NEWSPAPER: Public-Interfaces

Following the conference & PhD workshop at Aarhus University “Public Interfaces”, Digital Aesthetics Research Center & Center for Digital Urban Living (Aarhus University) have published the PEER-REVIEWED NEWSPAPER: NYHEDSAVISEN – PUBLIC-INTERFACES.

Editors: Christian Ulrik Andersen, Geoff Cox, Jacob Lund
Aarhus, March 2011
Design: Ida Knudsen, Geoff Cox, Christian Ulrik Andersen
CC license: ‘Attribution-NonCommercial-ShareAlike’
ISBN: 87-91810-18-3 / EAN 9788791810183

The publication is available for download but is also published in print as a tabloid newspaper in 1000 copies.

Press release:


»A fake is a fake. Anyway« Les Liens Invisibles

»We can only guess that fake publishing will mark the dawning of a new information era« The Financial Times

NYHEDSAVISEN: PUBLIC-INTERFACES is a fake newspaper presenting cutting edge research in an accessible FREE tabloid format. The newspaper is a 100% genuine copy of the famous Danish newspaper Jyllands-Posten.

The increasing demand for publication of academic peer-reviewed journal articles must be met. Unfortunate examples demonstrate that this may lead to plagiarism. This is not a viable solution. Research must be original and academia is not lacking original content. But perhaps researchers need new visions of how to produce research? Perhaps the readers need new ways of consuming research? Why not imagine academic research as something that can be consumed on a daily basis, in the train or at the breakfast table?

On April 1, at 13 am, NYHEDSAVISEN: PUBLIC-INTERFACES will be handed out to the public at the metro station ‘DR Byen/Universitetet’ in Copenhagen as well as at the central railway station in Aarhus and the State Library. Also, issues will be tactically placed in selected free newspaper stands and at University lunchrooms worldwide.

Emerging from the Digital Aesthetics Research Center and the Center for Digital Urban Living (Aarhus University), the aim of NYHEDSAVISEN: PUBLIC-INTERFACES is to encompass the changing concept of the ’public’. This is the result of an ongoing research in the computer interface.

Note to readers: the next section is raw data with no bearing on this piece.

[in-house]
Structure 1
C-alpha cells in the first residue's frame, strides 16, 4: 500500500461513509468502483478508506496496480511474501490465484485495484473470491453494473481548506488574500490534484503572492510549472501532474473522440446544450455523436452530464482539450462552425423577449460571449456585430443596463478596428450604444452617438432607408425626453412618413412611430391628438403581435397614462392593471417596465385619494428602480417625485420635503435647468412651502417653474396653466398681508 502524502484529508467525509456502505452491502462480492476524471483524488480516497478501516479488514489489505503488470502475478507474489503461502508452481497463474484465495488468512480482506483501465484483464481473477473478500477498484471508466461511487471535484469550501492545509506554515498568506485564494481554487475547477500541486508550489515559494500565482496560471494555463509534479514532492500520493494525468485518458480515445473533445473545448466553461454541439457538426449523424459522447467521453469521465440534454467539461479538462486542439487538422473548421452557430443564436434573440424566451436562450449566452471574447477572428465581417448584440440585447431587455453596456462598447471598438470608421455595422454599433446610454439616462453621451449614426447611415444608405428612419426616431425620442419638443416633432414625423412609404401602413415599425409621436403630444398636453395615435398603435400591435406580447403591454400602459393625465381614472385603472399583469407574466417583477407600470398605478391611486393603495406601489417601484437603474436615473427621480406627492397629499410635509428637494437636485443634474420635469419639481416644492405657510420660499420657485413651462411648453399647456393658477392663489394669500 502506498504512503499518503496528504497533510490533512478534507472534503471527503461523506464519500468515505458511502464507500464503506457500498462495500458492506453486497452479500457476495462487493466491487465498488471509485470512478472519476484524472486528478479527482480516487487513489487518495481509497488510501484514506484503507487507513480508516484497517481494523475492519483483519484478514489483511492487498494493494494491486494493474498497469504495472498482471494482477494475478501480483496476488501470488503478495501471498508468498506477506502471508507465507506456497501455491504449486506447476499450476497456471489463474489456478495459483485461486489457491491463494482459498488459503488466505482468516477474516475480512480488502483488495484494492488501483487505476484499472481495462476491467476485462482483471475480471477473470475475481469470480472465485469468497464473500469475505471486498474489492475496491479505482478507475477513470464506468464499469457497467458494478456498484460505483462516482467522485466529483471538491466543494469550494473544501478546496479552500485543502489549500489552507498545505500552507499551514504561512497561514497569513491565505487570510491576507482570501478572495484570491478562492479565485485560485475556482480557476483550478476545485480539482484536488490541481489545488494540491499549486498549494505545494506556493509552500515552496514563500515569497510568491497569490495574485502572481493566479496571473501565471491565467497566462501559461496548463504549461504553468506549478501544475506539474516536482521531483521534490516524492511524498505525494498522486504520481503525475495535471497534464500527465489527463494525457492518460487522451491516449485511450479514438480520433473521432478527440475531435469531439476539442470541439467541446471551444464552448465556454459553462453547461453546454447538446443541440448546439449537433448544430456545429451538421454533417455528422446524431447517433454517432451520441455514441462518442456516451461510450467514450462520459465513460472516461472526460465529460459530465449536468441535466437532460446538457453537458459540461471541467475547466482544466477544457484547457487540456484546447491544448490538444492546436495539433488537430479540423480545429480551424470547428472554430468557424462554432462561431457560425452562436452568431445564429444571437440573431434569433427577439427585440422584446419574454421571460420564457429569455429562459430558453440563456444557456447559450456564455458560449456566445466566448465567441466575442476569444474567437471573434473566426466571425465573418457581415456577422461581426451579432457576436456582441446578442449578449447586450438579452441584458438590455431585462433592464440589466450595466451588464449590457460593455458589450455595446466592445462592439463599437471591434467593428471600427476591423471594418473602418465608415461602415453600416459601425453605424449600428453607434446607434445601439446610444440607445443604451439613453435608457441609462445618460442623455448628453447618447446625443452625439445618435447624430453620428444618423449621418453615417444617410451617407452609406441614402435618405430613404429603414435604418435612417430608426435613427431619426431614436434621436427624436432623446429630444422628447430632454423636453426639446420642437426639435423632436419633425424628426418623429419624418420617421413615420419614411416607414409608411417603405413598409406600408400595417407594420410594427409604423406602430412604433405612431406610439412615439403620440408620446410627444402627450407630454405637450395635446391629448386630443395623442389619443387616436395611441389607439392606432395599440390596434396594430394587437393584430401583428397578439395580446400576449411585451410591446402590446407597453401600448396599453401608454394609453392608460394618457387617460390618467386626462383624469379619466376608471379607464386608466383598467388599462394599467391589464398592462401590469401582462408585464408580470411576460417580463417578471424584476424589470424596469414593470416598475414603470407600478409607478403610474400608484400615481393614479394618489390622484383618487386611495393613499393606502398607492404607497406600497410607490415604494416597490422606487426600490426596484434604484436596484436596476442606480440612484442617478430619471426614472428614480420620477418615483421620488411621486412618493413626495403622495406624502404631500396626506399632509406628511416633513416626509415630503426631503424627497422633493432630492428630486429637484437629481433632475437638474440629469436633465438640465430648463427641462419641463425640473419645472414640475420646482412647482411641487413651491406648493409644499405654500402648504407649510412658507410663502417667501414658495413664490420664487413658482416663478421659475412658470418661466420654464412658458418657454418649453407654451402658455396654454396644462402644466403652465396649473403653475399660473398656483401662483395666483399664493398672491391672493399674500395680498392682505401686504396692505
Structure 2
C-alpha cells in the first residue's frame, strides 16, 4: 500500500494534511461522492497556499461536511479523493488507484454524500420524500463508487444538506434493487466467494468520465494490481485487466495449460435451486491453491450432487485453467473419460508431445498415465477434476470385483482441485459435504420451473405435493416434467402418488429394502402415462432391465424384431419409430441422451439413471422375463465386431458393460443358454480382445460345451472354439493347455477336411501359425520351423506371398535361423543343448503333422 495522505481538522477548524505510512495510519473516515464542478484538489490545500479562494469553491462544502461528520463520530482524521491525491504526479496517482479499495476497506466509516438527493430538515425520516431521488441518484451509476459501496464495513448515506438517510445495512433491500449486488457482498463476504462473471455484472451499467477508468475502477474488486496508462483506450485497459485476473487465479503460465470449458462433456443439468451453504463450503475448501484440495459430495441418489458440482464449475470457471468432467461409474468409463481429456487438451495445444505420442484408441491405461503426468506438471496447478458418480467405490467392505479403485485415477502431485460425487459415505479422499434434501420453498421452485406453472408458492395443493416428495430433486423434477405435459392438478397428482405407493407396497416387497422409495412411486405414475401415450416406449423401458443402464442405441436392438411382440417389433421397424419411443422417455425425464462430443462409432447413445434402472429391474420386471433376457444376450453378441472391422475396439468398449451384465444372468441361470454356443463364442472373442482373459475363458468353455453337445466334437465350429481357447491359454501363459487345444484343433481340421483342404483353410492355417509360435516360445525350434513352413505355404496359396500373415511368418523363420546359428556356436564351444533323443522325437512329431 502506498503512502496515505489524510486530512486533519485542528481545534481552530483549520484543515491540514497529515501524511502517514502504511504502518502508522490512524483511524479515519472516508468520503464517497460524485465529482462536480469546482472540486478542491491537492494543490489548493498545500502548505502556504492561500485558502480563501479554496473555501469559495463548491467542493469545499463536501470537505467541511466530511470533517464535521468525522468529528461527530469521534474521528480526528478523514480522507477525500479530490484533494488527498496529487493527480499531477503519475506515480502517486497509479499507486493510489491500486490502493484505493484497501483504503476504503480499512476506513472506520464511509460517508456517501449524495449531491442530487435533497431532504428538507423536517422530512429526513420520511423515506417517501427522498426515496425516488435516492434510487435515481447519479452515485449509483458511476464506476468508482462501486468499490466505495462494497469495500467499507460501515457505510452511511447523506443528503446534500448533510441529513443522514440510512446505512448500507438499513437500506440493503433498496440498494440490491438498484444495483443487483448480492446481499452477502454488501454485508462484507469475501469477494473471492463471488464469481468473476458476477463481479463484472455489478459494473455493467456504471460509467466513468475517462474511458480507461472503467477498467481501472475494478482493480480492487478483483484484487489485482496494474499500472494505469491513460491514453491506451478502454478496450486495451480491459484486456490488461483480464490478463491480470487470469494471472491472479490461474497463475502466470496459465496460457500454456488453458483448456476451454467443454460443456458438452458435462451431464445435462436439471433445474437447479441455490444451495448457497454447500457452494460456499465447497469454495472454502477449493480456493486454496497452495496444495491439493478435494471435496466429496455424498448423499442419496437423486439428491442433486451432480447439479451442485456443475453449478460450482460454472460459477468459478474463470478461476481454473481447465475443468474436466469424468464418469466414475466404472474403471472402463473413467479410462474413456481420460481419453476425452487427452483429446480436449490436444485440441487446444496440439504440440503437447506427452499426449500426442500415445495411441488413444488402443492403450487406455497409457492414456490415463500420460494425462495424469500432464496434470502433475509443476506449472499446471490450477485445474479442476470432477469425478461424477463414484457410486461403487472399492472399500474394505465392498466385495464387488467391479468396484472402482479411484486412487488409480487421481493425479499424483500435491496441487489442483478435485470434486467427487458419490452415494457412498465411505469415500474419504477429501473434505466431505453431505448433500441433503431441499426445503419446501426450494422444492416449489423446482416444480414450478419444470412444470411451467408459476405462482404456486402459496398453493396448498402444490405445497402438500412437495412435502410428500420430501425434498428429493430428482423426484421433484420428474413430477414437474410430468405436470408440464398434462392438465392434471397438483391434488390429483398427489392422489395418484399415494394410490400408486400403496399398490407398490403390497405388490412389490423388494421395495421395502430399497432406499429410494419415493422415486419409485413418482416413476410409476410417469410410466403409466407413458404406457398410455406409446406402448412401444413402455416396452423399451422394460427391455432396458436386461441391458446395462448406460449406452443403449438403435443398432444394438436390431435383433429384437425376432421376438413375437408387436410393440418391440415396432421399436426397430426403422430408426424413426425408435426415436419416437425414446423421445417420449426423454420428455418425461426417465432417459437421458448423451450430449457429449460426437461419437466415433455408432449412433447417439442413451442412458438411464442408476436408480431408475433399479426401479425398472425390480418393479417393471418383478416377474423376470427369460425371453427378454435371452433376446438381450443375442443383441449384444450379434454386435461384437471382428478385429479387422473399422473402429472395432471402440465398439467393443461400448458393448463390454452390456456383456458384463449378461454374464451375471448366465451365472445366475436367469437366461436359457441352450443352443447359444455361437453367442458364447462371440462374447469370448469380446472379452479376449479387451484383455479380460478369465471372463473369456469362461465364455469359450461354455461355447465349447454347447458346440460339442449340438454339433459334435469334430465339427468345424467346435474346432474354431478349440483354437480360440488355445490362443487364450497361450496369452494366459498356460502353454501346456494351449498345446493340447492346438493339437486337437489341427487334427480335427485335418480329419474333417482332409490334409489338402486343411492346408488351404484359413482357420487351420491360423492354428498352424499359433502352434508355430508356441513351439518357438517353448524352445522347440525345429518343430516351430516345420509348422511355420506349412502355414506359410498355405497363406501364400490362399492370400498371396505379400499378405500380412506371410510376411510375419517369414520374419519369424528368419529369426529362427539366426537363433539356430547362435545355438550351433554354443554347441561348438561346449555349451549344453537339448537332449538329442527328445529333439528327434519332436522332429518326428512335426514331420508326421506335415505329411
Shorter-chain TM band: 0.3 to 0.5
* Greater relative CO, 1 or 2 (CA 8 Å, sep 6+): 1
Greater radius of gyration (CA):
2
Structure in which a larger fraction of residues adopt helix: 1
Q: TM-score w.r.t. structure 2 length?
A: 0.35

CONTENT: Our starting point is that the computer interface is a cultural paradigm affecting not only our creative production and presentation of the world but also our perception of the world. We recognize that in the past decade, interfaces have been expanding from the graphical user interface of the computer to meet the needs of different new technologies, uses, cultures and contexts: they are more mobile, networked, ubiquitous, and embedded in the environment and architecture, part of regeneration agendas and new aesthetic and cultural practices, etc.. NYHEDSAVISEN: PUBLIC-INTERFACES investigates these new interfaces that affect relations between public and private realms, and generate new forms urban spaces and activities, new forms of exchange and new forms of creative production.

The newspaper is organised into thematic strands (URBAN, ART, CAPITAL) and brings together researchers from diverse fields – across aesthetics, cultural theory, architecture, digital design and urban studies – united by the need to understand public interfaces and the paradigmatic changes they pose to these fields.

All articles derive from an initial conference and PhD workshop held in January 2011, at Aarhus University. NYHEDSAVISEN: PUBLIC-INTERFACES and the full papers can be downloaded and commented on our website:

Geoff Cox, Aarhus University, Arts,, tel: +45 8942 9214
Christian Ulrik Andersen, Aarhus University, Arts,, tel: +45 8942 9260


Notes from the editors, Christian Ulrik Andersen, Geoff Cox & Jacob Lund:

Although our starting point derives from a concept of the public informed by network theory and the social practices around computing, we aim to expand this view in recognition of the ways in which contemporary power and control are structured.

The following questions operate as points of departure:
“Can the public interface be used as a useful concept for understanding changing relations between public and private realms within aesthetic practices?”
“Does the public interface offer a way of examining relational aesthetics, the cultural regeneration agenda and public art?”
“Does the public interface provide new understandings of the relationship between creative production, the free market sphere and its critique?”
“How does the possible dissolution of the public and private spheres relate to bio-politics and contemporary forms of power?”
“Does the public interface suggest new perceptions, borders or even the dissolution of borders between the centre and peripheries of urban settings?”
“How do the experimentation and developments in the culture of  software reflect emergent and self-organizing public actions?”

The newspaper and event was kindly supported by Center for Digital Urban Living, Digital Aesthetics Research Centre, and The Doctoral School in Arts and Aesthetics, Aarhus University, Denmark.


All articles derive from an initial conference and PhD workshop held in January 2011, at Aarhus University. Full papers can be downloaded and further comments made on the conference website.


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